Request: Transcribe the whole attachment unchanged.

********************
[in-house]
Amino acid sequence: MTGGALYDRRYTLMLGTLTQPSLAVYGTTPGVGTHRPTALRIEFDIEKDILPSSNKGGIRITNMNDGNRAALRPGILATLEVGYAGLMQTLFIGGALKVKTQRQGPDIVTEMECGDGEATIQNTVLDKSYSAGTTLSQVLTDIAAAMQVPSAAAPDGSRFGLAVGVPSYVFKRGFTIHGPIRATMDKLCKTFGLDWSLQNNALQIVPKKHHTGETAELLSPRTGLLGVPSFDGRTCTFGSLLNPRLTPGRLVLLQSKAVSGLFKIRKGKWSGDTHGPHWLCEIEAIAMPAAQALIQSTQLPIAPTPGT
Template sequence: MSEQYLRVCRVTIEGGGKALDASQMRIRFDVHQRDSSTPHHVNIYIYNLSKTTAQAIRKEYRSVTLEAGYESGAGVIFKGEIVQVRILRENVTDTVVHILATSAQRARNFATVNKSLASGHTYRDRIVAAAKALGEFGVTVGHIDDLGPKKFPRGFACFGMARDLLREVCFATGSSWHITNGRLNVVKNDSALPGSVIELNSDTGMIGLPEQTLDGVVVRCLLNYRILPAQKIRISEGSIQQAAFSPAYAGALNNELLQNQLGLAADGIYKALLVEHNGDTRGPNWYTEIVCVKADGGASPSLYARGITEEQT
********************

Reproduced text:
[in-house]
Amino acid sequence: MTGGALYDRRYTLMLGTLTQPSLAVYGTTPGVGTHRPTALRIEFDIEKDILPSSNKGGIRITNMNDGNRAALRPGILATLEVGYAGLMQTLFIGGALKVKTQRQGPDIVTEMECGDGEATIQNTVLDKSYSAGTTLSQVLTDIAAAMQVPSAAAPDGSRFGLAVGVPSYVFKRGFTIHGPIRATMDKLCKTFGLDWSLQNNALQIVPKKHHTGETAELLSPRTGLLGVPSFDGRTCTFGSLLNPRLTPGRLVLLQSKAVSGLFKIRKGKWSGDTHGPHWLCEIEAIAMPAAQALIQSTQLPIAPTPGT
Template sequence: MSEQYLRVCRVTIEGGGKALDASQMRIRFDVHQRDSSTPHHVNIYIYNLSKTTAQAIRKEYRSVTLEAGYESGAGVIFKGEIVQVRILRENVTDTVVHILATSAQRARNFATVNKSLASGHTYRDRIVAAAKALGEFGVTVGHIDDLGPKKFPRGFACFGMARDLLREVCFATGSSWHITNGRLNVVKNDSALPGSVIELNSDTGMIGLPEQTLDGVVVRCLLNYRILPAQKIRISEGSIQQAAFSPAYAGALNNELLQNQLGLAADGIYKALLVEHNGDTRGPNWYTEIVCVKADGGASPSLYARGITEEQT